Mr. Anthony reported that the most popular meaningful use menu objectives for physicians are those related to drug formulary, immunization registries; and generating patient lists. For hospitals they were advance directives, drug formulary, and clinical laboratory test results. For e-copy of health information a large majority of physicians and hospitals took exclusions due to patients not requesting a copy of there health information. However performance on this measure was very high where it applied. Hopefully in this next year consumers will begin to demand greater access to their health information.
He also reported data from the Regional Extension Centers which showed some the unresolved practice issues, provider engagement and administrative being the biggest challenges. This data also showed unresolved vendor issue challenges, with delays in implementation and problems with upgrade being substantial problems. This data is also broken out by practice type and it is interesting to see the results stratified by hospital or practice setting and especially the differences in rural and underserved areas.
A recent HHS Office of Inspector General (OIG) report found that the Medicare portion of the meaningful use program is vulnerable to fraud and abuse. After an article in the New York Times highlighting the report, some have been saying that this is a nail in the coffin for the program, and that the report points to the failure of the efforts and the funding so far has been wasted. There is even talk that the EHR Incentive Program should be sacrificed on the fiscal cliff altar. I think it would be wise examine the details of the report, and also look to the future as we continue down this path.
The OIG report states that CMS didn’t verify the information doctors and hospitals self-reported about how their EHR systems function and recommended that CMS "obtain and review supporting documentation from selected professionals and hospitals prior to payment to verify the accuracy of their self-reported information.” But CMS told the OIG that "prepayment reviews would increase the burden on practitioners and hospitals and could delay incentive payments."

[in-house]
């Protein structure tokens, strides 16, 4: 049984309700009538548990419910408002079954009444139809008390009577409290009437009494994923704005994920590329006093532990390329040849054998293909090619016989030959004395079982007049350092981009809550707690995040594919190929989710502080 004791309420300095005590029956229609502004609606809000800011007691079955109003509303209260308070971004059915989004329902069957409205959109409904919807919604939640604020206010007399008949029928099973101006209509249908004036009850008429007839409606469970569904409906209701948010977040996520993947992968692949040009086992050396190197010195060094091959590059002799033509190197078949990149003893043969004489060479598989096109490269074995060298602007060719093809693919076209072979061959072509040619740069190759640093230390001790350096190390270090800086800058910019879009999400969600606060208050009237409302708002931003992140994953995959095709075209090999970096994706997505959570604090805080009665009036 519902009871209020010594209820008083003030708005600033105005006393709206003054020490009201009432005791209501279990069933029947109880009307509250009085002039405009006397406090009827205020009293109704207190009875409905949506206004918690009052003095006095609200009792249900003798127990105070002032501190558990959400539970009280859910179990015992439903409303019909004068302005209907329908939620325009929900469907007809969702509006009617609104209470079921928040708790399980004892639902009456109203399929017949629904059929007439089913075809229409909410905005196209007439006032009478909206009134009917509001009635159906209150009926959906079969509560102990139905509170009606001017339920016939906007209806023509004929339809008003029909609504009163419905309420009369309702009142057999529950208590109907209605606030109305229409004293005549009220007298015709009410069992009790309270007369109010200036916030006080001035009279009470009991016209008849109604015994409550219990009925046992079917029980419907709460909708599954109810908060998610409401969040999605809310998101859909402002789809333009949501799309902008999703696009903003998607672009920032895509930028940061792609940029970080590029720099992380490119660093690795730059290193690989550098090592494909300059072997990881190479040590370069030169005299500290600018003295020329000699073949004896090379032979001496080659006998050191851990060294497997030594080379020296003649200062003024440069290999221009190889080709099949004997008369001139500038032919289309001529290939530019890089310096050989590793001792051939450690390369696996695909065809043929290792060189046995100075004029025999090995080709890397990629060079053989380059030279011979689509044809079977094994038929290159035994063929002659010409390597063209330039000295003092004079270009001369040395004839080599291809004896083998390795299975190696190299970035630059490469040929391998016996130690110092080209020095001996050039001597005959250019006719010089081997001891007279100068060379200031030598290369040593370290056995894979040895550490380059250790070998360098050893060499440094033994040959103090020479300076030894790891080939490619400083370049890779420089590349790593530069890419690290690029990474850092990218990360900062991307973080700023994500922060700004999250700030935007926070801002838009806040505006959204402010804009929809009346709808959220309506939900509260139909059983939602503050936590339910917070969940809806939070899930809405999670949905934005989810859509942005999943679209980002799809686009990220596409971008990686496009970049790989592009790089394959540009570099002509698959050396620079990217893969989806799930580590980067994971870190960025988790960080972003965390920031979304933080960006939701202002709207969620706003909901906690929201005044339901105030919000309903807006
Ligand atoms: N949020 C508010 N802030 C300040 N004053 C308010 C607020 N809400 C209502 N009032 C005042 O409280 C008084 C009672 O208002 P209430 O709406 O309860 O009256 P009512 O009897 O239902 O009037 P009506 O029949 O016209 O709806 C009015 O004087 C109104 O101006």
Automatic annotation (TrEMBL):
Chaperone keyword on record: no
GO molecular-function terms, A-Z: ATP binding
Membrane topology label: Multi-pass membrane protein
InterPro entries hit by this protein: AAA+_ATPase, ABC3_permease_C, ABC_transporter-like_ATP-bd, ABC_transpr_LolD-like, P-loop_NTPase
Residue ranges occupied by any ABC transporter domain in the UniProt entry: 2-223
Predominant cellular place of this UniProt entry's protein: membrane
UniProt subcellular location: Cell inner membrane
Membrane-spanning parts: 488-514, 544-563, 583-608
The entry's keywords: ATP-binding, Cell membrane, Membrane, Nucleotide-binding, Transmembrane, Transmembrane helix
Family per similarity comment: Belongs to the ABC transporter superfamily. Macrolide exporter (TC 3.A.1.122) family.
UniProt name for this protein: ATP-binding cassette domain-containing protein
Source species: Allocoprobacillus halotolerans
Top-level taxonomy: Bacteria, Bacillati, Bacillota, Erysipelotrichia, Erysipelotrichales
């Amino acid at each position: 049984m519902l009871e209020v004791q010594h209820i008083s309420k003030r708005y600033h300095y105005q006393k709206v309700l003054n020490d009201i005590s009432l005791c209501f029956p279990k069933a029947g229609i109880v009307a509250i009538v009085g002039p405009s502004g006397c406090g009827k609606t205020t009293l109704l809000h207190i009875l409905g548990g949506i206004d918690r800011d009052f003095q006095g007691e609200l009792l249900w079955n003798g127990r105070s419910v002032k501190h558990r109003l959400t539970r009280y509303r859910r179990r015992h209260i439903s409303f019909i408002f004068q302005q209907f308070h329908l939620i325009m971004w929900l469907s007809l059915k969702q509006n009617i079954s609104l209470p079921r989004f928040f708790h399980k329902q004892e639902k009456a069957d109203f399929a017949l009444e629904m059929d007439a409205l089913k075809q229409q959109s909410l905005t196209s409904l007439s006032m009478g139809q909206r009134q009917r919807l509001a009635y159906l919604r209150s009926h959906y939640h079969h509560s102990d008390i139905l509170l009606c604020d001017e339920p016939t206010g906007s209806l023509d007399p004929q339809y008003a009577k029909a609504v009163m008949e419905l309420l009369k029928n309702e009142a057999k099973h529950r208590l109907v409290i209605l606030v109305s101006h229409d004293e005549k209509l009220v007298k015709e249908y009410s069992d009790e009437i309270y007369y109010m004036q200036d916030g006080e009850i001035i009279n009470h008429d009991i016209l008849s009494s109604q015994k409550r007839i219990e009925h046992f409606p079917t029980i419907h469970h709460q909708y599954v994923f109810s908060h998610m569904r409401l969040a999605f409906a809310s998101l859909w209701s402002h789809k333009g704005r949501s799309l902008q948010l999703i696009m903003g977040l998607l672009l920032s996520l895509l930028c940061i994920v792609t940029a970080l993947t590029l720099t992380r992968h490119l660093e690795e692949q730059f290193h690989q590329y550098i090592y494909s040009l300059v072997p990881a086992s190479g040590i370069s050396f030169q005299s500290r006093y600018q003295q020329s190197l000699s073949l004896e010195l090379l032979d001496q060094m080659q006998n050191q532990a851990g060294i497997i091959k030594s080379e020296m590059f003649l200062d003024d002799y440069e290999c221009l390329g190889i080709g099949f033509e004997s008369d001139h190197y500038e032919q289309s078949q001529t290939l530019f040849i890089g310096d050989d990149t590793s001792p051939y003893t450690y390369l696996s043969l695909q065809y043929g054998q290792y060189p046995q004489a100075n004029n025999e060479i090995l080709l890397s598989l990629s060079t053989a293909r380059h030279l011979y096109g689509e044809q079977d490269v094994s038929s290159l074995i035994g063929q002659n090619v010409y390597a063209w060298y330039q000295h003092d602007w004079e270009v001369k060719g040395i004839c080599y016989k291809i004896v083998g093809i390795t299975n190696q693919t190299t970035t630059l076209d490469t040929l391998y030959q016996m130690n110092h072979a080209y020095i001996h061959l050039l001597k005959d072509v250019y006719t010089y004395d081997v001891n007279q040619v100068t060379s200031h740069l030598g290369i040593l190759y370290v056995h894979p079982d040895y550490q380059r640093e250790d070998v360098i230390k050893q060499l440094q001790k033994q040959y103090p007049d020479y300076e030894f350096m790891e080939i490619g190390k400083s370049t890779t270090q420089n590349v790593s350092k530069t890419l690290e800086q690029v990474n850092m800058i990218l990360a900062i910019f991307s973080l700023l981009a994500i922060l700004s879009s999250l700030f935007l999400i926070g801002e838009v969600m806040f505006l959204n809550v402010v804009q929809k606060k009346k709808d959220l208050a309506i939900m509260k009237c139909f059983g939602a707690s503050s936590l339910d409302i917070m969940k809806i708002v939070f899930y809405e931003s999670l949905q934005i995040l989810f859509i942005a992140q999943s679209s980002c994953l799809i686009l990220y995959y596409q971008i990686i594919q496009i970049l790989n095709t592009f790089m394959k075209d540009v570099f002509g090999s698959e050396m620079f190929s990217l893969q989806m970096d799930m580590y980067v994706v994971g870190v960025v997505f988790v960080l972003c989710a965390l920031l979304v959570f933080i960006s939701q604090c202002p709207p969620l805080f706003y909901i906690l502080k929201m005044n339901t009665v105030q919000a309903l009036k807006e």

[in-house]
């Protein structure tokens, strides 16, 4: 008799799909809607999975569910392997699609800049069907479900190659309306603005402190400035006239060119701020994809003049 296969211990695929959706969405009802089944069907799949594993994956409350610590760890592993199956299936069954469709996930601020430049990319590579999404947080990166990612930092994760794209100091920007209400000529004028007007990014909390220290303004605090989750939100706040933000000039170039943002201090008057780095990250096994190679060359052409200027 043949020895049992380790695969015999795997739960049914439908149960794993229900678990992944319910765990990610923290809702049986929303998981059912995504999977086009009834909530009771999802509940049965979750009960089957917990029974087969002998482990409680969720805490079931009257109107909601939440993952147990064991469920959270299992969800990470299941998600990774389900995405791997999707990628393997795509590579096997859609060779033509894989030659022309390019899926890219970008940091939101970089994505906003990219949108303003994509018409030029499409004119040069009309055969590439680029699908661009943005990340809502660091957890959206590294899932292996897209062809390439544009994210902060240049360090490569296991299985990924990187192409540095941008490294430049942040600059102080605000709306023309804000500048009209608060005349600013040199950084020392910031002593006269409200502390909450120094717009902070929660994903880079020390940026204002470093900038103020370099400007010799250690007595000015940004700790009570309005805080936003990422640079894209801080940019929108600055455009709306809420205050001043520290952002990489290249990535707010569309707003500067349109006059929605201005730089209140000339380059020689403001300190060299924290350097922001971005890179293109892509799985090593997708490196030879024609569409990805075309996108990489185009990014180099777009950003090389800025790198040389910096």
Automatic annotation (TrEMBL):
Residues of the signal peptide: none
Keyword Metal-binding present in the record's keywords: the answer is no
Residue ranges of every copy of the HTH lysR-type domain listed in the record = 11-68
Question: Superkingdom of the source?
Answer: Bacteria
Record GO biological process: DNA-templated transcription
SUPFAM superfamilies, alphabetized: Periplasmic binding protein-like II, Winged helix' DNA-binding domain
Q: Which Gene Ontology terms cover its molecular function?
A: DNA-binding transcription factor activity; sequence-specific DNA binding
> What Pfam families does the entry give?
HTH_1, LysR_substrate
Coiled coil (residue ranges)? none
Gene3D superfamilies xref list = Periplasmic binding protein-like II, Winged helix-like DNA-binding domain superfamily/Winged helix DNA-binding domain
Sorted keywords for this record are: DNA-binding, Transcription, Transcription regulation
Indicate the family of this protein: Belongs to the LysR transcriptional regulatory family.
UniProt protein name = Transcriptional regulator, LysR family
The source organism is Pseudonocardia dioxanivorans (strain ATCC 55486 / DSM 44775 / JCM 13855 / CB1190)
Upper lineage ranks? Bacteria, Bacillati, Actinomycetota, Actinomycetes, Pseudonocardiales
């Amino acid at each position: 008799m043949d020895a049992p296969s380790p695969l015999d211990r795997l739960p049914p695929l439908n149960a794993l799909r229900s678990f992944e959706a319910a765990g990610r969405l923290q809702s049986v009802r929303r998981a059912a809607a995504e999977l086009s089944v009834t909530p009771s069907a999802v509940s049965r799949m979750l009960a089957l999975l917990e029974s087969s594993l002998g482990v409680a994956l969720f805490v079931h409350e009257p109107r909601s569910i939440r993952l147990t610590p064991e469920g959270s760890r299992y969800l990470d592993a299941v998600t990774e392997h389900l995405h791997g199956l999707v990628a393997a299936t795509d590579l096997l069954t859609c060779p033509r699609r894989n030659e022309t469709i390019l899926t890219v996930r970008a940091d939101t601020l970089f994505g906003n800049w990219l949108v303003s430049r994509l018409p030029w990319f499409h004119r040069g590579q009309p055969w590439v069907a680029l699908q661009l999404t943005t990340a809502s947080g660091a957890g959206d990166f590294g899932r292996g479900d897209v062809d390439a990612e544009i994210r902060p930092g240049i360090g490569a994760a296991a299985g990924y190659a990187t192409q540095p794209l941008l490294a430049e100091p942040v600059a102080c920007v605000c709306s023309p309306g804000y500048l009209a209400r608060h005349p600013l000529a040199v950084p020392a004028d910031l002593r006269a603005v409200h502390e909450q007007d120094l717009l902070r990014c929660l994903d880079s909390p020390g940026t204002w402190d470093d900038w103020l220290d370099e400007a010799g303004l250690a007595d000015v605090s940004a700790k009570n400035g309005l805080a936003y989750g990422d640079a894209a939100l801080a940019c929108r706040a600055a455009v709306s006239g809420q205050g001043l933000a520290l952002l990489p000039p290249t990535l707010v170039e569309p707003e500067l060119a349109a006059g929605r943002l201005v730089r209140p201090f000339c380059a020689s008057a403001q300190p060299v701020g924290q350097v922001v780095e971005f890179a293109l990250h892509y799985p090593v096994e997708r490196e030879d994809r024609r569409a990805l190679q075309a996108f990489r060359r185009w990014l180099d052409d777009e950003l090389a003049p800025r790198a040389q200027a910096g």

Linda Fishman, from the American Hospital Association, said, "The OIG report contains no evidence of improper payments," Fishman said. "Hospitals take seriously their obligations to provide accurate reports to Medicare, and are working diligently to comply with the highly complex regulatory requirements in the meaningful use program. In addition, CMS is currently conducting audits of hospitals that have received meaningful use payments." Echoing these sentiments American Medical Association Board Chair Steven J. Stack, MD said, "We oppose prepay audits in the meaningful use program, as they would impose additional burdens on physicians who already face separate program requirements for multiple Medicare health IT and quality programs."
While there have certainly been some challenges, I think we need to give the program time to work. As Congress looks for ways to avoid the "fiscal cliff" and find places to reduce federal expenditures, they should think very carefully before breaking the promise to providers and hospitals who have made some serious investments on this meaningful use journey. As Farzad Mostashari recently said, "We have crossed to a new shore and the boats are burned behind us. There is no going back..."